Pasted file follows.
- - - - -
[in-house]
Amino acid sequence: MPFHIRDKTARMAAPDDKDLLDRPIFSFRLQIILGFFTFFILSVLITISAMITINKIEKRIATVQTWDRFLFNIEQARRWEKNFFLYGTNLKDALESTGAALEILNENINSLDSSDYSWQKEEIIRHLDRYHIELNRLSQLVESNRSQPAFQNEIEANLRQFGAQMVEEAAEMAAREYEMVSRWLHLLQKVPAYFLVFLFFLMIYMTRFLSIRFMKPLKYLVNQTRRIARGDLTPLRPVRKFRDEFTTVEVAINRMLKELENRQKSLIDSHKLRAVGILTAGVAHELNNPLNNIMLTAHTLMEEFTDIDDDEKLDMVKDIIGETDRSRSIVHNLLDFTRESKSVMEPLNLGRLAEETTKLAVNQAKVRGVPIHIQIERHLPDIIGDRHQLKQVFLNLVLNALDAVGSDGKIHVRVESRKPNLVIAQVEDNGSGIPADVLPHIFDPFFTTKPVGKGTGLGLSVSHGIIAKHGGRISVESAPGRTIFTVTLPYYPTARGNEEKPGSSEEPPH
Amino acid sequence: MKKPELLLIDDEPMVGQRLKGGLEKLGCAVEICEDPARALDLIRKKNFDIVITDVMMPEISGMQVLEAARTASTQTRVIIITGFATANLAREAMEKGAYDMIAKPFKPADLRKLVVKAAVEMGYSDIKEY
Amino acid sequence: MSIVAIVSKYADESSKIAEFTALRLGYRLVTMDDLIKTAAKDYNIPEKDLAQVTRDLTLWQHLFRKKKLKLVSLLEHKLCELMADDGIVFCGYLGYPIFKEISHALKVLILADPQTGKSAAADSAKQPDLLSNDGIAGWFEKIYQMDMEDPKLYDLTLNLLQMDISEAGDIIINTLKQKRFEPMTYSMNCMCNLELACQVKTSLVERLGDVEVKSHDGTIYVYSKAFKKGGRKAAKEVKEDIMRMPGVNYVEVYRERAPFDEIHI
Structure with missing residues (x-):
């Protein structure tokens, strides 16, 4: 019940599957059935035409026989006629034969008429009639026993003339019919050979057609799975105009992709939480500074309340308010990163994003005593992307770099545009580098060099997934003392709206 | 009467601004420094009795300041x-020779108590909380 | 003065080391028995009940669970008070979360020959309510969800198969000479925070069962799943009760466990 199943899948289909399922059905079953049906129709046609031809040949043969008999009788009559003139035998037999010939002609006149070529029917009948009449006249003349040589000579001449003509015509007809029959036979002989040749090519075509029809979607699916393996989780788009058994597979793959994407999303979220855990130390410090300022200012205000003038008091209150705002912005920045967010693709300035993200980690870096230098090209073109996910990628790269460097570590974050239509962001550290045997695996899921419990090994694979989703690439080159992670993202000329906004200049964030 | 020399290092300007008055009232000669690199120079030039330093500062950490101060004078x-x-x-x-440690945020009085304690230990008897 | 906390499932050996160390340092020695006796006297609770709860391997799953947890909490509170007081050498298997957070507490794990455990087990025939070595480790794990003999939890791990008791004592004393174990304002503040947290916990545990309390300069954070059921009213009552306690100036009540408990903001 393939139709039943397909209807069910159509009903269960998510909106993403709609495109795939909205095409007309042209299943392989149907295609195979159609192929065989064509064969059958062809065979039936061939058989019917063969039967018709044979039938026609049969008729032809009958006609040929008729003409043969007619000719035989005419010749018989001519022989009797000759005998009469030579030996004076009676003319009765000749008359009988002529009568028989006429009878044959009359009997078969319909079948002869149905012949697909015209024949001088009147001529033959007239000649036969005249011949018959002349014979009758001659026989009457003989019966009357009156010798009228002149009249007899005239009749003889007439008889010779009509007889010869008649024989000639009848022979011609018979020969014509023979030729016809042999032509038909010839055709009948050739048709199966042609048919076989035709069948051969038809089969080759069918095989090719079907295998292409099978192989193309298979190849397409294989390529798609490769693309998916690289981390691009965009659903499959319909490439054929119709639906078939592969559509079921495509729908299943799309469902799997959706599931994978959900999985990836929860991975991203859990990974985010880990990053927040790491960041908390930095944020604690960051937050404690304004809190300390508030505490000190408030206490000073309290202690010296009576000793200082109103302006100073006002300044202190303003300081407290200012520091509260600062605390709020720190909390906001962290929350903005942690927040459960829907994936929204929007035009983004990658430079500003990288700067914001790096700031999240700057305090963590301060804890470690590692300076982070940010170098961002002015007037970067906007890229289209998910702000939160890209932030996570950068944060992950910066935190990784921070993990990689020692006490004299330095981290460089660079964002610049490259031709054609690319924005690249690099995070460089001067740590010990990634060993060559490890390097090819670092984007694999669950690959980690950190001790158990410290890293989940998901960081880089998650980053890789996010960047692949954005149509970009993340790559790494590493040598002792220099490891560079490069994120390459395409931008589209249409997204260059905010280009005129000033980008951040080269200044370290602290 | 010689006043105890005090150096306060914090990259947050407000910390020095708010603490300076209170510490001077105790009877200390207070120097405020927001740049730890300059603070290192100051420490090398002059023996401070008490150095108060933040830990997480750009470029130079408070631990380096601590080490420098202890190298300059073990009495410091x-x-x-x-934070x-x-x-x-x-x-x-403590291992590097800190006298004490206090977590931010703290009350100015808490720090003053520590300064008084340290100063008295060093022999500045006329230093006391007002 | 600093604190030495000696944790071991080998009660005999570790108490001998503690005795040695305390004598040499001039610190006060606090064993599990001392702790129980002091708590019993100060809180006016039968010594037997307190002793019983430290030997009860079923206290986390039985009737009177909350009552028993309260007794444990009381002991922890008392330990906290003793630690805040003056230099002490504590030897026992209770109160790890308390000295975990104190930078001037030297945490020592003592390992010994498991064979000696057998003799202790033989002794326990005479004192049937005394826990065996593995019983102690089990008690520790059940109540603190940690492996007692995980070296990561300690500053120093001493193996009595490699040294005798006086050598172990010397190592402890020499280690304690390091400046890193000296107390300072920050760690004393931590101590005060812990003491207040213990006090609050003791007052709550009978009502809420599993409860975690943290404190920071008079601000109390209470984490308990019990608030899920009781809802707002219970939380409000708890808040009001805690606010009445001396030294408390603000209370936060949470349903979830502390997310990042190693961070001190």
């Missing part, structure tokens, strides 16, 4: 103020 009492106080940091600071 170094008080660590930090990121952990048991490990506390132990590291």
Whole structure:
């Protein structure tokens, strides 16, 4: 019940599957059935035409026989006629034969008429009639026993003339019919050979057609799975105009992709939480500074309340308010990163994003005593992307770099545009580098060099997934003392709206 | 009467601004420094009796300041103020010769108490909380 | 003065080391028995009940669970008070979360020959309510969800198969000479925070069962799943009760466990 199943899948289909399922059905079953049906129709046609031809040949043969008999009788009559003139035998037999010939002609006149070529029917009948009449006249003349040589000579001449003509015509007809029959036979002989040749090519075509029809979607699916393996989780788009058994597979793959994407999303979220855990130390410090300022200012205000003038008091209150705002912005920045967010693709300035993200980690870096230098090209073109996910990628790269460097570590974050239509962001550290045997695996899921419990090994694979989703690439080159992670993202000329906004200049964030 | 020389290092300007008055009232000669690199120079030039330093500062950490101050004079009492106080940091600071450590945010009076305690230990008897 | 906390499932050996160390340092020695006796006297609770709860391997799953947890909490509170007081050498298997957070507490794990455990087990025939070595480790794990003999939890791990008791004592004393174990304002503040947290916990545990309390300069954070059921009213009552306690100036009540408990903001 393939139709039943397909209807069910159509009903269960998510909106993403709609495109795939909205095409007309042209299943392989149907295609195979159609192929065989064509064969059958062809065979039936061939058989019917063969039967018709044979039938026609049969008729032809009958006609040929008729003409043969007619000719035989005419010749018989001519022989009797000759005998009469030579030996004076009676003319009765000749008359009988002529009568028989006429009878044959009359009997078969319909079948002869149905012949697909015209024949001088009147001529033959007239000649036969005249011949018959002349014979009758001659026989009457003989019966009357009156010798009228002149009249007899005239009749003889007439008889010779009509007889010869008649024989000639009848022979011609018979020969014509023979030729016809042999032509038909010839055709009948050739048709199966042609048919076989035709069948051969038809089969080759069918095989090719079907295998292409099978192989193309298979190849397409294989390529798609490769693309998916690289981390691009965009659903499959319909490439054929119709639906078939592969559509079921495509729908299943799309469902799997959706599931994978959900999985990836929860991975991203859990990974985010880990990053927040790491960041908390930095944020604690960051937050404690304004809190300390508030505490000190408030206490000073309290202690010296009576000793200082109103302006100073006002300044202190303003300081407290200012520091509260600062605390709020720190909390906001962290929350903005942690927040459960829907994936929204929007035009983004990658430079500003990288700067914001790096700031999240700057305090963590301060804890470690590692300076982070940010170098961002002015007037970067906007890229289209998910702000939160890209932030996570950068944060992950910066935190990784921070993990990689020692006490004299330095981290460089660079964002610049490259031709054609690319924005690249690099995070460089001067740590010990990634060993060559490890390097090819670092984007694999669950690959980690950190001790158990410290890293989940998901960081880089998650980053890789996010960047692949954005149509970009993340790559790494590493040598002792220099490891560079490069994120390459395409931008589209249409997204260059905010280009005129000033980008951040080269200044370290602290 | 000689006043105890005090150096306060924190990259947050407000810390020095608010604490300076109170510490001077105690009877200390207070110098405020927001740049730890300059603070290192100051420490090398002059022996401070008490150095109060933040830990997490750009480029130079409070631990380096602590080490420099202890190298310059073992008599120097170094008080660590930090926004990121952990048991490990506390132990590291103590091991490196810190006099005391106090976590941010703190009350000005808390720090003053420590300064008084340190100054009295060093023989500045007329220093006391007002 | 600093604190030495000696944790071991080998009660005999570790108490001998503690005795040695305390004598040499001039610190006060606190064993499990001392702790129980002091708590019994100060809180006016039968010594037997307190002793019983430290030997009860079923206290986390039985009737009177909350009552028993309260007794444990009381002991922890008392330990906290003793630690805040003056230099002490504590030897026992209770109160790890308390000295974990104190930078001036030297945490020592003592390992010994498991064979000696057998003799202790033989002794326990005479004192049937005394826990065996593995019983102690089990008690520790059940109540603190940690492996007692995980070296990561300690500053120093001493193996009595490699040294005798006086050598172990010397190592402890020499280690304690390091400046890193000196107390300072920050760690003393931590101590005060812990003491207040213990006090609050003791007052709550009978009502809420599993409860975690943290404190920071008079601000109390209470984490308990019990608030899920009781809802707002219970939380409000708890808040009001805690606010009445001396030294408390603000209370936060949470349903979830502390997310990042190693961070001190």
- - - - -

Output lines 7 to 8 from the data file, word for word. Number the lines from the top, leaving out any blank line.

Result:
């Missing part, structure tokens, strides 16, 4: 103020 009492106080940091600071 170094008080660590930090990121952990048991490990506390132990590291």
Whole structure: